It's been a while since any images have been posted, and you've waited long enough. Let's see what I've got to make things a little more interesting around here . . .
I'd like to show you how I make a "window" in the back of a hard mounted textile.
This example is a bit more unusual in that the piece (a 17th C. Safavid figural velvet panel) came with a (definitely NOT original, though rather old) fabric backing that the client wanted preserved. Because of the way the backing was attached, mounting the textile would have been quite problematic. Lumpy, actually. My solution was to remove the backing from the textile, then attach it to the inside of the back of the frame - creating the illusion that one was looking at the back of the textile in its original (backed) state. Removing the backing fabric also allowed me to open up the seams around all four sides, freeing the selvedges and natural top and bottom edges. Very nice to at last be able to see ALL the original aspects of the piece.
Here you can see the original-ish printed backing and the hole I've cut into the fabric. I've turned the edges under and pinned them in place.
Cutting into the muslin lining . . .
Detail of cut pattern in muslin lining
Muslin pinned back to expose woven felt padding layer
Felt padding cut away to expose mounting fabric layer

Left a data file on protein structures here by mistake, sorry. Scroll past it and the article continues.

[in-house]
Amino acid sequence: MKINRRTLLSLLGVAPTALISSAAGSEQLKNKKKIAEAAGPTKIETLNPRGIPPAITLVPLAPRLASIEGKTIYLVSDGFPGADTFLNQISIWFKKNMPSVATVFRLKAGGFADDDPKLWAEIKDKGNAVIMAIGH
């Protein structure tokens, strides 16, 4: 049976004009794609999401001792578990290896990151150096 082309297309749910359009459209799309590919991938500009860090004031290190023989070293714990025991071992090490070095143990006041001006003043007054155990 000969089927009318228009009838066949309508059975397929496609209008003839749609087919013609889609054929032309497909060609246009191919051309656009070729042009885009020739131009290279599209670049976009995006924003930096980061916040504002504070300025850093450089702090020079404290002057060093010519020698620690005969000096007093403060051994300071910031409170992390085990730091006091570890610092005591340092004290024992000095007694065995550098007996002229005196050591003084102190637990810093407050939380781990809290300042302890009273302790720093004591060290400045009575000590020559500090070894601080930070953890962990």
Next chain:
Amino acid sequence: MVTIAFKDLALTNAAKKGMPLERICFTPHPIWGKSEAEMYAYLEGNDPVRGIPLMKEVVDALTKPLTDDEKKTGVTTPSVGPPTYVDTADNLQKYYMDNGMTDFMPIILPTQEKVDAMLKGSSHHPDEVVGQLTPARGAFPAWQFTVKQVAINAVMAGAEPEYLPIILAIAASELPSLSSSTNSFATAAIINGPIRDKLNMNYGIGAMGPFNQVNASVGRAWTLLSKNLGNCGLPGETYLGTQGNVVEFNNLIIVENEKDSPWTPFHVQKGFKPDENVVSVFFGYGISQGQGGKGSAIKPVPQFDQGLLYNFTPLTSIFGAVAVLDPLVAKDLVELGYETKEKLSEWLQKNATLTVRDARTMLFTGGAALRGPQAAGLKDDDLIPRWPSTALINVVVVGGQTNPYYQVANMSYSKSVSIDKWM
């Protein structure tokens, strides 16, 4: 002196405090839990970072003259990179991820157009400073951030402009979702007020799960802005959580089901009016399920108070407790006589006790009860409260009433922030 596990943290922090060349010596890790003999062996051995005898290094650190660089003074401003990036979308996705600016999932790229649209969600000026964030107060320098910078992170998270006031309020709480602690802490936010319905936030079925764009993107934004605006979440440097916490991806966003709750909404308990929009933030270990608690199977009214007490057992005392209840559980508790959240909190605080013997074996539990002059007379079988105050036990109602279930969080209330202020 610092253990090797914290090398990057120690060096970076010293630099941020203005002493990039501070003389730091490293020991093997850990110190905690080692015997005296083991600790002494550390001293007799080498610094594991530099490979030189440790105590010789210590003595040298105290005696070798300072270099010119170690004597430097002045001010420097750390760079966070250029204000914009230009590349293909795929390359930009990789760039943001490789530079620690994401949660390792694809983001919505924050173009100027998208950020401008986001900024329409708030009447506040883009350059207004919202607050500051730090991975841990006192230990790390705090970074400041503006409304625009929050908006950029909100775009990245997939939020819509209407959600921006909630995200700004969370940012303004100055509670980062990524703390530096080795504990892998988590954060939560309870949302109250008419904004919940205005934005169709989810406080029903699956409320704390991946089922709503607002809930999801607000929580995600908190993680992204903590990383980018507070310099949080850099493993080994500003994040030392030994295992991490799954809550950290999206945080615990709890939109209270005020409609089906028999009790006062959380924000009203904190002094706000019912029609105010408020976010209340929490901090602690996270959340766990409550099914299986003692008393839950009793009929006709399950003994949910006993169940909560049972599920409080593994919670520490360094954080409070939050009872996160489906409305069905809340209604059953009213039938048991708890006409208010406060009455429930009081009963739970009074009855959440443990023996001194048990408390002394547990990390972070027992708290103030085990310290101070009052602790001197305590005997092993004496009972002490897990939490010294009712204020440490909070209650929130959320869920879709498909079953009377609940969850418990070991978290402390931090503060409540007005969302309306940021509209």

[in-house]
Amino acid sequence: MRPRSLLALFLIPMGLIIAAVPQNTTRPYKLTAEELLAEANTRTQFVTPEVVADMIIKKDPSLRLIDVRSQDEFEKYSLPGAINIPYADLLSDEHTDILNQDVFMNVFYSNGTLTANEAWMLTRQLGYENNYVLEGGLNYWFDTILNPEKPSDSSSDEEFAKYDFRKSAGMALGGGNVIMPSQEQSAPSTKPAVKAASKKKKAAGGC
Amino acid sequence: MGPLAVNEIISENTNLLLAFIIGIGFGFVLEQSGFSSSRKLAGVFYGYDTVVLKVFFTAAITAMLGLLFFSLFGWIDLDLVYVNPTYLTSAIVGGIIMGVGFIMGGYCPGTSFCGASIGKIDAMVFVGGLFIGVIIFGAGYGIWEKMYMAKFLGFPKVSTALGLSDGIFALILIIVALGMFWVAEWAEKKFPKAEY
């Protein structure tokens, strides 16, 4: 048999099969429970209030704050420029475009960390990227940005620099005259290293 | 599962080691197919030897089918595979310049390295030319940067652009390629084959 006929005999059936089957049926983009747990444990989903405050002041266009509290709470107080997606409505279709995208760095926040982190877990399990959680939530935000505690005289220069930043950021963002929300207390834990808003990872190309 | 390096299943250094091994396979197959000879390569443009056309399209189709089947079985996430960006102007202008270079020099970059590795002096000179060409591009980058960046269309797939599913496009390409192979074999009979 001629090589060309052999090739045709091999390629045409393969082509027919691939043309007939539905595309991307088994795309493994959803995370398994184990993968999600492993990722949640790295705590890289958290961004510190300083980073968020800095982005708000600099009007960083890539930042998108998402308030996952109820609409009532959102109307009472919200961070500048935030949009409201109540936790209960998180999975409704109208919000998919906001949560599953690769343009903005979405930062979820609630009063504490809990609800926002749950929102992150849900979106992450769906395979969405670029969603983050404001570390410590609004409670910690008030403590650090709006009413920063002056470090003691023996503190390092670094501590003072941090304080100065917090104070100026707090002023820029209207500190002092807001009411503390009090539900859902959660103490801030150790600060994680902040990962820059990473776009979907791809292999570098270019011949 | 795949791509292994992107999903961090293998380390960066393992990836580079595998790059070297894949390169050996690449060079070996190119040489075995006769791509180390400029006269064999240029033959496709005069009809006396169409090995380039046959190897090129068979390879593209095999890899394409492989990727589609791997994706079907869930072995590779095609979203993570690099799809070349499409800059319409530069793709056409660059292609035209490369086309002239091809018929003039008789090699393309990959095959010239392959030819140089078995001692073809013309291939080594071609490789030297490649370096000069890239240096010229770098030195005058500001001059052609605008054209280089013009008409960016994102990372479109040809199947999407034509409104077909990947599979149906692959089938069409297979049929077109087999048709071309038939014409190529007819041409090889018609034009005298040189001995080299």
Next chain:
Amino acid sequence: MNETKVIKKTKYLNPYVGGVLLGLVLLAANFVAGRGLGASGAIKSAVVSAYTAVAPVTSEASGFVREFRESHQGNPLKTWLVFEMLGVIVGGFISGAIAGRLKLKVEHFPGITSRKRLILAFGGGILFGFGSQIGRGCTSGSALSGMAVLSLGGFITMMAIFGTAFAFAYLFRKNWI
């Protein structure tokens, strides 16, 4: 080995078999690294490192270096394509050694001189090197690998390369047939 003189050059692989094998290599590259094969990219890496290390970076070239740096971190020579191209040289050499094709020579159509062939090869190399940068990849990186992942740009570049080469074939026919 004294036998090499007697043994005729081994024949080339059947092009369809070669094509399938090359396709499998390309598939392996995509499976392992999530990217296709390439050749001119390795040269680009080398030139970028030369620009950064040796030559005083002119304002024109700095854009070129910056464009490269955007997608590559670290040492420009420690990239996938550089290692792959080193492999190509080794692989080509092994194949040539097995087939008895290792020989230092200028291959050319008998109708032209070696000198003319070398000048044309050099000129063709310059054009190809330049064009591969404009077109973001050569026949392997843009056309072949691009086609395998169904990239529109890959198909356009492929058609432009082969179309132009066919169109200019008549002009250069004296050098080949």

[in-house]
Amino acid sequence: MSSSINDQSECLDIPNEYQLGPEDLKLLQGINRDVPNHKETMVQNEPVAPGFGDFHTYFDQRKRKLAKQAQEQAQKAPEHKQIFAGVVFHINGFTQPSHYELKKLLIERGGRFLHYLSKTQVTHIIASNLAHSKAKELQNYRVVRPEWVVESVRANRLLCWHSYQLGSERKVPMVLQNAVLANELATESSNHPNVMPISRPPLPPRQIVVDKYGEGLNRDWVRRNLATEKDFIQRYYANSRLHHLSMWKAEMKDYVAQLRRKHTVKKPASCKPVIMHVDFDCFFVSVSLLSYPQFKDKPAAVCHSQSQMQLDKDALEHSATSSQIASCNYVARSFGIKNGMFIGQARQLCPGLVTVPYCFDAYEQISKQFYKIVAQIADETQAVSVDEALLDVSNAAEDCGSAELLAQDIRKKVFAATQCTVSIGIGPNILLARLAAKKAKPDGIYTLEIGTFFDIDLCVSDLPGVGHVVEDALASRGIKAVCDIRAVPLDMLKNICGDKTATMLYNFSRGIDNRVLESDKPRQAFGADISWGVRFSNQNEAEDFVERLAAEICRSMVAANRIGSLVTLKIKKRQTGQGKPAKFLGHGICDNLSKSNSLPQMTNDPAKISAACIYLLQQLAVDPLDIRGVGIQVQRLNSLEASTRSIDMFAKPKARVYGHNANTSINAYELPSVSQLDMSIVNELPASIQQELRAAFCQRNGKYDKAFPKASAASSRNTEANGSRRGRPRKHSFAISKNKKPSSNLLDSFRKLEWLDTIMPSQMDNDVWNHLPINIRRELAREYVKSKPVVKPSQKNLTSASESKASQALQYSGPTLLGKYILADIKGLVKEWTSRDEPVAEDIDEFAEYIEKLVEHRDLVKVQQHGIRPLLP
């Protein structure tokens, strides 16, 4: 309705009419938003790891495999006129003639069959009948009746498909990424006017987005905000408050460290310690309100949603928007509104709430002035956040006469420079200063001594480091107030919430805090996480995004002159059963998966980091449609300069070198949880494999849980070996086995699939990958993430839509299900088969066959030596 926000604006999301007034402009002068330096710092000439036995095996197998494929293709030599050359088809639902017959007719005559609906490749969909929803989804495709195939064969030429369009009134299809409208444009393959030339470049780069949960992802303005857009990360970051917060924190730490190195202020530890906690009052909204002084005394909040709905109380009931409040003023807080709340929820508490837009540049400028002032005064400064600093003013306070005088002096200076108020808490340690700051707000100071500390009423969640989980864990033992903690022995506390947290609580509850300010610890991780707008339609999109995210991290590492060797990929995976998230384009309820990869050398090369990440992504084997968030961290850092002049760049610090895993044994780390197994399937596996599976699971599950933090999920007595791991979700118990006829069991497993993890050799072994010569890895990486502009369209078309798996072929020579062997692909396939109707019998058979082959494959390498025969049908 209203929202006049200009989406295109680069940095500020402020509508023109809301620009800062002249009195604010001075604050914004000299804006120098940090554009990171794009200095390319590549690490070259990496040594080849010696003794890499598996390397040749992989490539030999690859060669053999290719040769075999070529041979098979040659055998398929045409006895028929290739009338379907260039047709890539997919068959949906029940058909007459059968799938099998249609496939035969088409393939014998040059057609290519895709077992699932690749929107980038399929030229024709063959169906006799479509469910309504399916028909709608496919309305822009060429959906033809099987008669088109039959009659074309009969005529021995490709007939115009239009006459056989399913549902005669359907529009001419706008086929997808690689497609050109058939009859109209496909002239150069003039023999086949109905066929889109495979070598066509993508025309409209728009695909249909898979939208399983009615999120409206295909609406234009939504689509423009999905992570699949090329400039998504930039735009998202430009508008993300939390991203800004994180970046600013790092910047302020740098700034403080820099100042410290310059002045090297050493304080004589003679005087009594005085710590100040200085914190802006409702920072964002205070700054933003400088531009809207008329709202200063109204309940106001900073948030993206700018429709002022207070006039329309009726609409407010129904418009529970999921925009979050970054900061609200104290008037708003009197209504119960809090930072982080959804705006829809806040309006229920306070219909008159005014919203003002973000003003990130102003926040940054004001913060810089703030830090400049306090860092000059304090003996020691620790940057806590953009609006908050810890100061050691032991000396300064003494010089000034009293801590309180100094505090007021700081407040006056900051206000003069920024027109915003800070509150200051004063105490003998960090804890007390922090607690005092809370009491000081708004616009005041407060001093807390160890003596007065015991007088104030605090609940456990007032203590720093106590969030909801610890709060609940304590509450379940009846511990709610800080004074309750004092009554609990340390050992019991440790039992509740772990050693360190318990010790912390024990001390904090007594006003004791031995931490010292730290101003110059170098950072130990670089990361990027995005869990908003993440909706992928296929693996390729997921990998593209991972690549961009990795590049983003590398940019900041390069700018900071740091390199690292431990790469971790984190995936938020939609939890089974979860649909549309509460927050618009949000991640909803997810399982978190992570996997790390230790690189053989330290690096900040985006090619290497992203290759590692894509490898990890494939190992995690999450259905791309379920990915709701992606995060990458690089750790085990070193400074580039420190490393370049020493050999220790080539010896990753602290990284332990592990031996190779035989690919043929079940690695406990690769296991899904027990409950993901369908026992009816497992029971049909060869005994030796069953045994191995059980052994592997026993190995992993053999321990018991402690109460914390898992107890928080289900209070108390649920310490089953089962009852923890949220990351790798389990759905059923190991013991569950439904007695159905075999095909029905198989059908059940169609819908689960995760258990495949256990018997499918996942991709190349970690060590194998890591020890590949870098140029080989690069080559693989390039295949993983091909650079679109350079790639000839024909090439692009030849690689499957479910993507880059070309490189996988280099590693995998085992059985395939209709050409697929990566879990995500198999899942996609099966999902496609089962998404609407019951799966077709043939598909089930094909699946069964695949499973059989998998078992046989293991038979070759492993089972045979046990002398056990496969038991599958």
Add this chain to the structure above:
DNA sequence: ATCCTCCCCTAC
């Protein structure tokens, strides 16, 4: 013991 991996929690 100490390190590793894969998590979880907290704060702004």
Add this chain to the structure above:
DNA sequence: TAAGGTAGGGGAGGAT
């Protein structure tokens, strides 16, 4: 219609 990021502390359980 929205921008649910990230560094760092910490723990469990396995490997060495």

Beginning to cut into mounting fabric layer
Lifting the mounting fabric to expose the back of the textile
Wrapping the cut edges of the woven felt padding with the mounting fabric flaps, tucking under and pinning in place
Fabric tucked under, pinned in place, and ready to be sewn
The completed "window"
Completed window detail
Here is the mounted piece from the front, in its entirety. Persian Safavid, 17th C.
Here is a detail of one of the fine fellows in the garden (one with clothes on) as well as birds & flowers
Anther detail of the figures in the garden
And another detail, closer in. Interesting to see how the drawing is mirrored back and forth across the piece.
And just one last detail, this one showing a bit of the original selvedge. An amazing piece.
A window is a convenient way to allow access to the back of a textile that's been mounted or lined. As long as the piece itself is structurally sound and the window isn't too large, it's a great solution to the problem of how to have your cake and eat it, too - how to have a piece permanently mounted but still be able to examine the structure from the back.
At some later point we'll get a look at what to do when the textile is so fragile that it really isn't structurally sound enough for a window, but, darn it, there's that great inscription . . .